Heard Off the Street: U.S. Steel woes surprise analysts

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Cost-cutting has been a major contributor to the improvement in corporate earnings since the 2008 financial crisis. Growth in revenue has been limited because the U.S. economy has grown at a ho-hum 2 percent pace since then, leaving companies limited options for increasing their bottom lines.

So it comes as no surprise that U.S. Steel, which last reported an annual profit in 2008, is taking another run at reducing costs. Chairman and CEO John P. Surma last week announced a thorough review of purchasing, logistics, repair and maintenance and other functions. The initiative will be overseen by chief operating officer Mario Longhi, who joined the Pittsburgh steel maker last summer after six years at Brazilian steel producer Gerdau and 23 years at Alcoa.

Mr. Surma did not say how much in savings will be targeted, only that it will be significant. During a conference call with analysts Tuesday, he promised to use a big stick.

"Our spending in these areas is in billions of dollars annually, and a small percentage reduction would be very meaningful to our results," he said.

The undertaking was disclosed as U.S. Steel reported a first quarter loss of $73 million, or 51 cents per share, a performance worse than Wall Street analysts were expecting.

Some of them find it hard to believe that the company is not performing better. They cite several reasons why it should be, including the company's cost advantage in iron ore -- it mines its own ore while many competitors have to purchase theirs -- and the rebound in the automotive market, one of U.S. Steel's biggest customers.

"We thus find it difficult to explain why their results haven't been better than reported," analyst Charles Bradford said in a note to clients.

In an interview, Mr. Bradford said the cost cutting is "desperately needed" and questioned why it had not been done sooner.

"This is a commodity business. In a commodity business, you have little or no control over pricing. The only thing you can control is your costs," he said.

Morningstar analyst Bridget Freas also is surprised U.S. Steel has not been more profitable, given its iron ore edge.

"It's because there are so many other things in their cost structure that offset that," she said.

Any cost-cutting efforts will be hampered by the company's labor agreements with the United Steelworkers union, commercial contracts and other factors, said John Tumazos, a Holmdel, N.J., analyst. He said renegotiating medical benefits for union workers and retirees could result in substantial savings. But a good portion of those costs were fixed in September, when USW members ratified a three-year labor agreement covering about 17,000 U.S. workers.

Mr. Surma's "mission appears to be to save more than nine figures, or $4 to $5 a ton. Given the condition of the steel market, they need something like $20 or more," Mr. Tumazos said.

Having Mr. Longhi, a newcomer to the company, manage the review should be a good thing, he added.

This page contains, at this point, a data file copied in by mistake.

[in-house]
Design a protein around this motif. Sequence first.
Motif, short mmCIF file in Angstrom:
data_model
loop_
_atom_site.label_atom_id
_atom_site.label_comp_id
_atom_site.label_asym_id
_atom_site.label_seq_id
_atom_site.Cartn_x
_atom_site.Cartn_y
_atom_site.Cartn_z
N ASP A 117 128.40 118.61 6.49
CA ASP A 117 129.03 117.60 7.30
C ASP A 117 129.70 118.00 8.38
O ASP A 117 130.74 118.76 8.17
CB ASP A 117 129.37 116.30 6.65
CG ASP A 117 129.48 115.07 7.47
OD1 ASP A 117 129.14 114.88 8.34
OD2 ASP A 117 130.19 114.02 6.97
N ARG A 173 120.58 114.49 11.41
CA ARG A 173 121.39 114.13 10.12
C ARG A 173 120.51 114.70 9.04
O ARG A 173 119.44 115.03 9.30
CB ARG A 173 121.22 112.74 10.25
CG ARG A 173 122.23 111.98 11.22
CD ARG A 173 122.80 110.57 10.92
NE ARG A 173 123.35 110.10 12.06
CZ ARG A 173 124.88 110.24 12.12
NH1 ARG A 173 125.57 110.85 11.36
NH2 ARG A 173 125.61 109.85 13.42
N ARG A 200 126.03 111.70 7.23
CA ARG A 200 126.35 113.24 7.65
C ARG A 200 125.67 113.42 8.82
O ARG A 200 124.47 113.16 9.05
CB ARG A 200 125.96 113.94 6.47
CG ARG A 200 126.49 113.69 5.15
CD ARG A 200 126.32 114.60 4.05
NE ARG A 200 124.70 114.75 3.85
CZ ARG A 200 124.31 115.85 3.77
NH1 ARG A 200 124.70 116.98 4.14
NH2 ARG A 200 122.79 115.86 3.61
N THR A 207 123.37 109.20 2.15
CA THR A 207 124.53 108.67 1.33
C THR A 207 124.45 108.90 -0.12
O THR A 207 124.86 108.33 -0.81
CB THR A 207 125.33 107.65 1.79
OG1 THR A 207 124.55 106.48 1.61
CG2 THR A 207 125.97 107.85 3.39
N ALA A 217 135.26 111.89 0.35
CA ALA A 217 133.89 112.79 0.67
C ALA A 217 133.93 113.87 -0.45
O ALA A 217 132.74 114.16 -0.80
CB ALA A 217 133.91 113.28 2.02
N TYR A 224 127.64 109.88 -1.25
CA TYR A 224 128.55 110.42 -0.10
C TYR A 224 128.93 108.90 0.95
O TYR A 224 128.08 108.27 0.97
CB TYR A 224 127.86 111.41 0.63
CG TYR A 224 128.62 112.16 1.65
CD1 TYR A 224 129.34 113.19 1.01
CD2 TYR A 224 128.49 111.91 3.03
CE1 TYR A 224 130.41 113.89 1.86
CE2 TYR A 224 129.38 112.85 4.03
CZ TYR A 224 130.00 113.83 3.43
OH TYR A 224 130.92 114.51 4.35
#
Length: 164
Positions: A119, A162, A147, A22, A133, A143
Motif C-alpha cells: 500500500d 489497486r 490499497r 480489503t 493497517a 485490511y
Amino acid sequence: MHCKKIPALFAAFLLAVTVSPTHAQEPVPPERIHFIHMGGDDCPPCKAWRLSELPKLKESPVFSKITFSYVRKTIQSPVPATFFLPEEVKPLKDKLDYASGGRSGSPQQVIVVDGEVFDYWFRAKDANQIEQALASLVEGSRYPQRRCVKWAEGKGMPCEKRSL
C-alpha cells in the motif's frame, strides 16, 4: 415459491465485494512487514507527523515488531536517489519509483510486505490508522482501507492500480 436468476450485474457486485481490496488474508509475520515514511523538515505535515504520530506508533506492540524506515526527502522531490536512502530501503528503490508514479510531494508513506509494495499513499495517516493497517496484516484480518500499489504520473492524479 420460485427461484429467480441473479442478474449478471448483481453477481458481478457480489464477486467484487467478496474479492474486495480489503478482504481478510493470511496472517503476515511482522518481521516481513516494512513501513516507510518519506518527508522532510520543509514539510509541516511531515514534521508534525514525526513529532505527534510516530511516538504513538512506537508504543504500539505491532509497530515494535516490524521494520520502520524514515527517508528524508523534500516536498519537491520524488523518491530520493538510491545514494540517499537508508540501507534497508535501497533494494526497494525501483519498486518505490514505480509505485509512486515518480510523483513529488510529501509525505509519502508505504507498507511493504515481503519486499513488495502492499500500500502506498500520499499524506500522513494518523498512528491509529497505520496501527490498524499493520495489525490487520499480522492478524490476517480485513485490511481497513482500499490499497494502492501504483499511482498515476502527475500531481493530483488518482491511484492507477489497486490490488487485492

"He is not accustomed to the status quo and has a fresh look," Mr. Tumazos said.

Ms. Freas said repair and maintenance costs appear to be one area where U.S. Steel could save money. The lockout of USW workers at the company's Lake Erie Works in Canada, initiated by the company last Sunday, presents another opportunity.

"They kind of need to play hardball on the labor agreement because this company is just bleeding money," Ms. Freas said.

Vendors, headquarters and salaried employment costs are three potential areas for savings, Mr. Tumazos said.

"The greatest savings are if they eliminate a site and all the infrastructure associated with it," he said.

Cutting the company's 5-cent-per-share quarterly dividend would save about $29 million. But Mr. Bradford said that might undermine the company's message that it is managing its cash flow well.

Whatever cost reductions U.S. Steel will realize could be offset by the weak industry conditions analysts are forecasting for the months ahead, including falling iron ore prices. That will lead steel buyers to seek lower prices based on the industry's lower raw materials costs. It will also reduce U.S. Steel's iron ore edge, analysts said.

In its earnings release, U.S. Steel said first quarter prices were below 2012 averages, including tubular goods, a market where the company faces stiff competition from imports. First quarter tube prices were 10 percent below levels in the year-ago quarter and 8 percent lower than average prices for all of 2012.

The lackluster outlook prompted some analysts to lower their earnings outlooks for the company, including Luke Folta of Jefferies. He told clients last week that industry profit margins won't improve until demand does, something he does not anticipate happening until the second half of the year at the earliest.

On Tuesday's call, Goldman Sachs analyst Sal Tharani said the cost cutting will have to be dramatic given that the company is struggling to make a profit at current prices. He noted that iron ore, currently selling for about $130 a ton, is forecast to fall below $100 a ton in 12 to 18 months.

"We need to make sure we drive our break-even point down further than it is today, and that's what our objective is," Mr. Surma responded.


Len Boselovic: lboselovic@post-gazette.com or 412-263-1941.


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